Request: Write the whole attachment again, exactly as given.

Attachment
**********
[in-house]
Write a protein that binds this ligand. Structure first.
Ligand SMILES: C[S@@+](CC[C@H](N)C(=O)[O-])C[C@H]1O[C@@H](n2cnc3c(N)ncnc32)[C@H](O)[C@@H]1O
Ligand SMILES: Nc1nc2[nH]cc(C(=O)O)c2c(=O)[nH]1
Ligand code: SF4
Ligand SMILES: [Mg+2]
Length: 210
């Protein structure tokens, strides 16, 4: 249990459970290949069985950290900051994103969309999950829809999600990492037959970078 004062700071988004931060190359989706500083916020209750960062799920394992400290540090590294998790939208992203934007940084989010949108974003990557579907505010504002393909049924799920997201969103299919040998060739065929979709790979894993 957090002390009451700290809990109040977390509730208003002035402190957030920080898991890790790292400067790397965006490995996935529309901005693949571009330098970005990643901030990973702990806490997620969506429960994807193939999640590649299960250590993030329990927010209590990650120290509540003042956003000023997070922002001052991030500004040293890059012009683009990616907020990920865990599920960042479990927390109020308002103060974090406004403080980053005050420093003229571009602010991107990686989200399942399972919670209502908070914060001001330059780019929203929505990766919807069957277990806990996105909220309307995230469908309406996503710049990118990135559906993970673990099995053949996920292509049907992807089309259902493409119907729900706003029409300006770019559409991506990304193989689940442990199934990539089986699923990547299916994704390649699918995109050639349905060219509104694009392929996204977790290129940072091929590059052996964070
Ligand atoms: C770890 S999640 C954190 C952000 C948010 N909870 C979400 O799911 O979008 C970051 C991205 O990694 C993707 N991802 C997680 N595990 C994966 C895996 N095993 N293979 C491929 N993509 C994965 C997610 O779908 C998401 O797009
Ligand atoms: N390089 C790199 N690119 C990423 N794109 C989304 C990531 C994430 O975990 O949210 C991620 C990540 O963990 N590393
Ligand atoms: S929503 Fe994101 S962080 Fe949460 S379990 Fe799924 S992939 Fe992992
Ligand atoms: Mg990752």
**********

[in-house]
Write a protein that binds this ligand. Structure first.
Ligand SMILES: C[S@@+](CC[C@H](N)C(=O)[O-])C[C@H]1O[C@@H](n2cnc3c(N)ncnc32)[C@H](O)[C@@H]1O
Ligand SMILES: Nc1nc2[nH]cc(C(=O)O)c2c(=O)[nH]1
Ligand code: SF4
Ligand SMILES: [Mg+2]
Length: 210
């Protein structure tokens, strides 16, 4: 249990459970290949069985950290900051994103969309999950829809999600990492037959970078 004062700071988004931060190359989706500083916020209750960062799920394992400290540090590294998790939208992203934007940084989010949108974003990557579907505010504002393909049924799920997201969103299919040998060739065929979709790979894993 957090002390009451700290809990109040977390509730208003002035402190957030920080898991890790790292400067790397965006490995996935529309901005693949571009330098970005990643901030990973702990806490997620969506429960994807193939999640590649299960250590993030329990927010209590990650120290509540003042956003000023997070922002001052991030500004040293890059012009683009990616907020990920865990599920960042479990927390109020308002103060974090406004403080980053005050420093003229571009602010991107990686989200399942399972919670209502908070914060001001330059780019929203929505990766919807069957277990806990996105909220309307995230469908309406996503710049990118990135559906993970673990099995053949996920292509049907992807089309259902493409119907729900706003029409300006770019559409991506990304193989689940442990199934990539089986699923990547299916994704390649699918995109050639349905060219509104694009392929996204977790290129940072091929590059052996964070
Ligand atoms: C770890 S999640 C954190 C952000 C948010 N909870 C979400 O799911 O979008 C970051 C991205 O990694 C993707 N991802 C997680 N595990 C994966 C895996 N095993 N293979 C491929 N993509 C994965 C997610 O779908 C998401 O797009
Ligand atoms: N390089 C790199 N690119 C990423 N794109 C989304 C990531 C994430 O975990 O949210 C991620 C990540 O963990 N590393
Ligand atoms: S929503 Fe994101 S962080 Fe949460 S379990 Fe799924 S992939 Fe992992
Ligand atoms: Mg990752």